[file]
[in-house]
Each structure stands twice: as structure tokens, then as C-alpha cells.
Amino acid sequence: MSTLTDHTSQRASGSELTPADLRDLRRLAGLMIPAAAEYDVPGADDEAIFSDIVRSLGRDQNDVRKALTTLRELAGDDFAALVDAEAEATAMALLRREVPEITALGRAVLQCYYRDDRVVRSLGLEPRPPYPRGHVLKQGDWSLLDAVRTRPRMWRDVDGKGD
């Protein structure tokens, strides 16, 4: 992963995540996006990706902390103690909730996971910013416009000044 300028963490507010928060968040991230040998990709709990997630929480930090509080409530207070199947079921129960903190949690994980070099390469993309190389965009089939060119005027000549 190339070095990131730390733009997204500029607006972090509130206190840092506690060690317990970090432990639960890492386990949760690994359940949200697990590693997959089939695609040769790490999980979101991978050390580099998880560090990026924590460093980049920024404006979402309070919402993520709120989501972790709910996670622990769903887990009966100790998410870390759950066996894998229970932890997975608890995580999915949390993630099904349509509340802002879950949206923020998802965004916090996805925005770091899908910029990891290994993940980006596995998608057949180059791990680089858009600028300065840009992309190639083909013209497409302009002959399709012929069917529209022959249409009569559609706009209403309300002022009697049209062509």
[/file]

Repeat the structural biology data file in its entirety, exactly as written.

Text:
[in-house]
Each structure stands twice: as structure tokens, then as C-alpha cells.
Amino acid sequence: MSTLTDHTSQRASGSELTPADLRDLRRLAGLMIPAAAEYDVPGADDEAIFSDIVRSLGRDQNDVRKALTTLRELAGDDFAALVDAEAEATAMALLRREVPEITALGRAVLQCYYRDDRVVRSLGLEPRPPYPRGHVLKQGDWSLLDAVRTRPRMWRDVDGKGD
């Protein structure tokens, strides 16, 4: 992963995540996006990706902390103690909730996971910013416009000044 300028963490507010928060968040991230040998990709709990997630929480930090509080409530207070199947079921129960903190949690994980070099390469993309190389965009089939060119005027000549 190339070095990131730390733009997204500029607006972090509130206190840092506690060690317990970090432990639960890492386990949760690994359940949200697990590693997959089939695609040769790490999980979101991978050390580099998880560090990026924590460093980049920024404006979402309070919402993520709120989501972790709910996670622990769903887990009966100790998410870390759950066996894998229970932890997975608890995580999915949390993630099904349509509340802002879950949206923020998802965004916090996805925005770091899908910029990891290994993940980006596995998608057949180059791990680089858009600028300065840009992309190639083909013209497409302009002959399709012929069917529209022959249409009569559609706009209403309300002022009697049209062509």